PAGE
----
If I were a betting man, I would put some money on this proposition: The first detection of a potentially habitable planet will be made before the end of this decade, and the planet will be found around an M-class red dwarf. The method will doubtless be photometry, picking up the slight drop in light caused by such a planet transiting its star. A planet the size of our Earth will block about one percent of the stellar flux, as a recent paper points out, and a one percent photometric dip is quite detectible.
Image: An animation of a stellar transit around HD 209458. Credit: Transits of Extrasolar Planets Network. Although TEP concluded its work in 2001, you can still read about it online.
So the key is to find the right M-dwarf, with its planetary system lined up so that the hypothetical terrestrial world passes between its star and us. That’s no small challenge, but Paul Shankland (U.S. Naval Observatory), who is lead author on the paper mentioned above, is working with colleagues around the world on a new collaboration to monitor M-dwarfs, enhancing our chances of finding transiting worlds or, just as valuable, proving that transits are not possible in the systems studied.
The collaboration, called Global Exoplanet M-dwarf Search-Survey (GEMSS) takes in James Cook University (Queensland) and includes Greg Laughlin’s TransitSearch effort based at UC Santa Cruz). Here’s how Shankland describes its method:
Our modus operandi as mentioned elsewhere, is to operate a continuous-coverage web of small telescopes – to characterize our prolific red dwarf population’s propensity to have transiting exoplanets… We want to employ observers across the Earth in longitude in particular, to keep constant surveillance underway on a given target. Our initial plan is to test-run our USNO-JCU collaboration – and once that proves to run well, we will post campaign bulletins to expand the observational cadre – so stay tuned!
The GEMSS Web site, now coming online, appears at a time of unprecendented interest in red dwarfs, especially now that prospects for stable ecosystems in such a star’s habitable zone have improved. Within the last ten years we’ve learned that even tidally locked worlds may retain an atmosphere and generate a flare-protective magnetic field. Moreover, the scarcity of gas giants around the M-dwarfs surveyed by the California & Carnegie Planet Search leads to an interesting prospect.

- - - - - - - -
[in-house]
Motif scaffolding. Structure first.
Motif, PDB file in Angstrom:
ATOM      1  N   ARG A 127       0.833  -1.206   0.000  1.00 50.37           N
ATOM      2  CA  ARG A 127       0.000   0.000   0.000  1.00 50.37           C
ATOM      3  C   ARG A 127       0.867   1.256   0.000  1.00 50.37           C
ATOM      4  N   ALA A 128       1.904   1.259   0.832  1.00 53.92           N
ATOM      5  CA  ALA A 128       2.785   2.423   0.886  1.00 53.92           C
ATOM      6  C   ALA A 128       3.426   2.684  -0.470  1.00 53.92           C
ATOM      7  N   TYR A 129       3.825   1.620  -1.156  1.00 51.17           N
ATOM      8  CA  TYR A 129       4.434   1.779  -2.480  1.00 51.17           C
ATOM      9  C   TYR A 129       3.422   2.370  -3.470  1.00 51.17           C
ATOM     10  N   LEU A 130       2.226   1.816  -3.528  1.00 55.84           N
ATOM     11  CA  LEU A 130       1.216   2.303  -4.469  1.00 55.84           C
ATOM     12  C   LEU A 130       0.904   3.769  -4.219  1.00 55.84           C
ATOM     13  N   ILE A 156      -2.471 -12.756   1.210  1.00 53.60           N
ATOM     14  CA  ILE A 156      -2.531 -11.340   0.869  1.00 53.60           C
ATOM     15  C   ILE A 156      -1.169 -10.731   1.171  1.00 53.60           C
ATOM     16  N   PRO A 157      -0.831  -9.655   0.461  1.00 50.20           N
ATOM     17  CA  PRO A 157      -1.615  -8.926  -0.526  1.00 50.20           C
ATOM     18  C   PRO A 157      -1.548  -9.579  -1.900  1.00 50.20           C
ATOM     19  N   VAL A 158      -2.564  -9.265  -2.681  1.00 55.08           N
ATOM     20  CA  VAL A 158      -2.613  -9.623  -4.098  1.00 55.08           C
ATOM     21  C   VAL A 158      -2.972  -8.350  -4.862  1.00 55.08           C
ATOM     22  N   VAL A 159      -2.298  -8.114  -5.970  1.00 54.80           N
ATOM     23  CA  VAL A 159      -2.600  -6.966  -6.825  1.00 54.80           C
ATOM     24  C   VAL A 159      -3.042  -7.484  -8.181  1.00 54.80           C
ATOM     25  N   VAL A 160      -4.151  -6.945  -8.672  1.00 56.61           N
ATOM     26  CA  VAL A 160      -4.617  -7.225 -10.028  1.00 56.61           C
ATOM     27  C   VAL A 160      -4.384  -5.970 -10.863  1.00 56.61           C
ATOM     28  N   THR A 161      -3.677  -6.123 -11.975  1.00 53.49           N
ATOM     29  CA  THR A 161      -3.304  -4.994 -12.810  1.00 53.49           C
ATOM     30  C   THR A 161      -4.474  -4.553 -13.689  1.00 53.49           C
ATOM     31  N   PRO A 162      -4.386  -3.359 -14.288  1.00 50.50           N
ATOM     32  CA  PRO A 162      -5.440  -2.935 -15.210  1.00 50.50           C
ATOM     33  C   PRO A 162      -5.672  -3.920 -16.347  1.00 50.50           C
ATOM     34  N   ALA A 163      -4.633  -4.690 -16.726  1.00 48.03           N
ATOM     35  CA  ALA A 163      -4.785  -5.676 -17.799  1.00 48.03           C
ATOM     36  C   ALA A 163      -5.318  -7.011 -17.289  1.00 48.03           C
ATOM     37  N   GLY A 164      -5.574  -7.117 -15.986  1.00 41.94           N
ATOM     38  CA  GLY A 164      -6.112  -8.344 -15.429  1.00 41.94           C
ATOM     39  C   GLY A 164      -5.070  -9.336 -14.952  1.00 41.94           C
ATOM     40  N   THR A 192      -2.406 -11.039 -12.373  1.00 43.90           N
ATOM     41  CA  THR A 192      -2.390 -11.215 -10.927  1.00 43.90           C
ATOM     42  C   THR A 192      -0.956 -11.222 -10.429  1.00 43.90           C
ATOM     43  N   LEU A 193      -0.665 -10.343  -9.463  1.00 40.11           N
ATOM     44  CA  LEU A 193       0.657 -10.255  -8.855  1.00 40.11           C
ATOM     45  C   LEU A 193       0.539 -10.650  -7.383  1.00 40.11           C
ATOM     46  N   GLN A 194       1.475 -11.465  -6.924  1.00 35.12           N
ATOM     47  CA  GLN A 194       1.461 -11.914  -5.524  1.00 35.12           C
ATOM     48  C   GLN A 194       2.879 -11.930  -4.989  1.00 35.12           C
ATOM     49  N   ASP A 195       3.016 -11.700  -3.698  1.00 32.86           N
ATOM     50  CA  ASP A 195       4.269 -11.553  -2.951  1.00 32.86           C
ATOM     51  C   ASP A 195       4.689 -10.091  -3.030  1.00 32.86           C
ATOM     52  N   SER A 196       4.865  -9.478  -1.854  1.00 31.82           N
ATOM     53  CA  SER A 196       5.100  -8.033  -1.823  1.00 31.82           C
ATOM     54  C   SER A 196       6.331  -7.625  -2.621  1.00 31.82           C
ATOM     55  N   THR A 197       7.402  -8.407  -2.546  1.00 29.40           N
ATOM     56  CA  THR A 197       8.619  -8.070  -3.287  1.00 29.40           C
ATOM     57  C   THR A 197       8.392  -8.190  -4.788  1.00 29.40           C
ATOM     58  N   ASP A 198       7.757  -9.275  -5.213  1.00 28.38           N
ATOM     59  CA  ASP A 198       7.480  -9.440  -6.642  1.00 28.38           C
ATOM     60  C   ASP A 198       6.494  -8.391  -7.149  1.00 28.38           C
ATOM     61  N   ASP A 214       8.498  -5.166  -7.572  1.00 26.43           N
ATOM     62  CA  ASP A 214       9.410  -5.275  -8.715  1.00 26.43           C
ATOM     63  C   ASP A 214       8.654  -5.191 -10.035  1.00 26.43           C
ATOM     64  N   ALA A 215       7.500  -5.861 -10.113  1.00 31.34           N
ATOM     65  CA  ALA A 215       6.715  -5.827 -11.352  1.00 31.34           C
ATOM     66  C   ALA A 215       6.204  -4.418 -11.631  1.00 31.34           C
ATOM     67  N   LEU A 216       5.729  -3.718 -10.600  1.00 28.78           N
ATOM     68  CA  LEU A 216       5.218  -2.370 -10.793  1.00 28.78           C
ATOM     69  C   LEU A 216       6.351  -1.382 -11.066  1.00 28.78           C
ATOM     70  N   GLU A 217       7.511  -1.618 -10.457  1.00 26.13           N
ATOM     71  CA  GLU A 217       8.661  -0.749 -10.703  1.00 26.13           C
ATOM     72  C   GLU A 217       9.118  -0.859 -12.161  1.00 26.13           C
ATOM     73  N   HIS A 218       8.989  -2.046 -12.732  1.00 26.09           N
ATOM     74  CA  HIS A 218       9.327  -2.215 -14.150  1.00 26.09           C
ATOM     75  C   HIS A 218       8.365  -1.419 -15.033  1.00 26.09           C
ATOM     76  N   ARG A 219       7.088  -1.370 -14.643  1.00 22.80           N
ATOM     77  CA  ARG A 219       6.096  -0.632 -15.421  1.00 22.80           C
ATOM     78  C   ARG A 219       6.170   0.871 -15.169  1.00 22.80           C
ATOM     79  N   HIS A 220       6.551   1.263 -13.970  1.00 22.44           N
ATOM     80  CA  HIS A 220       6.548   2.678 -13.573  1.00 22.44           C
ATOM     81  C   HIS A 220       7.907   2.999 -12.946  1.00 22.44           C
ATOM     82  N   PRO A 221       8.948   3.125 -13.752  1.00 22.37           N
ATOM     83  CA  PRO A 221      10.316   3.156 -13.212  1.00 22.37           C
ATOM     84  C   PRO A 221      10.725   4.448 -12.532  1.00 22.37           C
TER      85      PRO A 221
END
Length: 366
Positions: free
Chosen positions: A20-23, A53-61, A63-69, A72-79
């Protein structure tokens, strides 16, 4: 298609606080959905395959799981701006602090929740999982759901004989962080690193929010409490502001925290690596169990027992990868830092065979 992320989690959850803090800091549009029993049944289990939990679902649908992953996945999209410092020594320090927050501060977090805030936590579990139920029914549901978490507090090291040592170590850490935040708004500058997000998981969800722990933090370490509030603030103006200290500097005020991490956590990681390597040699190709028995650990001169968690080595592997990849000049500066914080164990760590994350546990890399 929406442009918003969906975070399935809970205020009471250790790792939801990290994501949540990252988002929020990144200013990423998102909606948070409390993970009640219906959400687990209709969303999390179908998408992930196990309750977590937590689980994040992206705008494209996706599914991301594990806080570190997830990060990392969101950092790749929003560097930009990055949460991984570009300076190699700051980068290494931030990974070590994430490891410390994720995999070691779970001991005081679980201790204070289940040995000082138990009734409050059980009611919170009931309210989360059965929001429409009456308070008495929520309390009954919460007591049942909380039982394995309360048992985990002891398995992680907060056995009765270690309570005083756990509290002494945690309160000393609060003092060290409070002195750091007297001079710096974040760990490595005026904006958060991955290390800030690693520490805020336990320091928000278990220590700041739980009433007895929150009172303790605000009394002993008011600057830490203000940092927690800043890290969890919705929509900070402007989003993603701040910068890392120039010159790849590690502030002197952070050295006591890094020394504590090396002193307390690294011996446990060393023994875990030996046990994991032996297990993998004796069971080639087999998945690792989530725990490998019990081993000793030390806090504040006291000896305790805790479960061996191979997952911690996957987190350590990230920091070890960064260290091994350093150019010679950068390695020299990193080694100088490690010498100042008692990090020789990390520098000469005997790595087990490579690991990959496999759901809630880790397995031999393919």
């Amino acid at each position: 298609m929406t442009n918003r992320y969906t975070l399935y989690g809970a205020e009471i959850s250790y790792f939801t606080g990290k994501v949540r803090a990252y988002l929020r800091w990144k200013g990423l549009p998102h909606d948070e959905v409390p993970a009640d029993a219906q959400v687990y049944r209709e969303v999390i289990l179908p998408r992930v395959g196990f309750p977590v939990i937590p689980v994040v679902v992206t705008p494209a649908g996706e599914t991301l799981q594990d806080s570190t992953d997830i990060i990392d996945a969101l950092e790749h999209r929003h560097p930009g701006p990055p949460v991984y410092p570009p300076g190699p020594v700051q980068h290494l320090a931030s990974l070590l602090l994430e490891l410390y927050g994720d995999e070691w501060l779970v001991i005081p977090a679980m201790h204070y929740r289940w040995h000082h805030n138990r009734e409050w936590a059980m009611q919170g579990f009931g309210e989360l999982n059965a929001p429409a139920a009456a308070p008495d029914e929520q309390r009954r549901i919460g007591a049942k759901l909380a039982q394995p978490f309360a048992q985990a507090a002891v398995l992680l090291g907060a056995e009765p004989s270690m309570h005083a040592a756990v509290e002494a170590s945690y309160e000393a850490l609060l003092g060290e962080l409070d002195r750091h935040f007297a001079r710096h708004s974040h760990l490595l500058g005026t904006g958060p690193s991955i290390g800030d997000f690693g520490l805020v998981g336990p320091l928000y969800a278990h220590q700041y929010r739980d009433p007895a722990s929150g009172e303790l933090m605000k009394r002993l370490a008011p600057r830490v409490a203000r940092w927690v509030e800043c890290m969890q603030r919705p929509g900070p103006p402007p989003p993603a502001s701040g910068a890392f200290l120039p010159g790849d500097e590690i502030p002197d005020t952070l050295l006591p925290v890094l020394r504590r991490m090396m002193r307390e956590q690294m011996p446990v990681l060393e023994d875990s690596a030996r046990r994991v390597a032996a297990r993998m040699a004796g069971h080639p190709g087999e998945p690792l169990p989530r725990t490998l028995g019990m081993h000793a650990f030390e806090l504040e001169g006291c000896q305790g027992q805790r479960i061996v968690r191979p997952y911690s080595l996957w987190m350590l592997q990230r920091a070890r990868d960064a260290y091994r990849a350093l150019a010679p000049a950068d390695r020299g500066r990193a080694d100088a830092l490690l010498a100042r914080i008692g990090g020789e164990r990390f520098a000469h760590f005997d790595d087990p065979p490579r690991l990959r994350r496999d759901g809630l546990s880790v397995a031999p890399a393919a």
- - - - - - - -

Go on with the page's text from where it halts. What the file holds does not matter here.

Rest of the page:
For the core accretion theory of planetary formation says that a large mass rapidly acquires gas from the material around it, resulting in a gas giant. Start with a small star and such a mass may not have time to form before the surrounding gases have dissipated. One scenario, then, has M-dwarfs housing smaller, rocky worlds but not often gas giants.
That would make stars like Gl 876, which Shankland’s team has studied extensively, something of an anomaly. But even here, the two gas giants already detected are accompanied by a much smaller planet 7.5 times the mass of Earth (though too close to its parent to be habitable, evidently).
The effort now gearing up to find M-dwarf transits is exciting indeed, and ponder this: The slow fusion burn of these small stars gives them exceedingly long lives. Quoting Shankland again:
These stars are pretty small – with a mass & radius below a third of our Sun (to 0.08 solar masses, which are then classified as brown dwarfs) and a surface temperature below 3,500K. M dwarfs incorporate a slow P-P fusion (due to the temperature) to turn hydrogen into helium. This slow burn is likely to last billions to trillions of years (!) – and so they also burn dimly (1/10,000th the sun). This is a detractor to photometric work by GEMSS… But c’est-la vie.
A stable star that shines for a trillion years and does not brighten with age seems to create a remarkable chance for the development of intelligent life. And although that dim burn keeps us working within a stellar population roughly 20 parsecs from Earth, the small size of a red dwarf means that the ratio in mass between a terrestrial planet and its star is far greater than what we would find in solar systems like our own. That makes GEMSS’ work easier. With as much as 80 percent of all stars being red dwarfs, GEMSS moves into a fertile hunting ground indeed.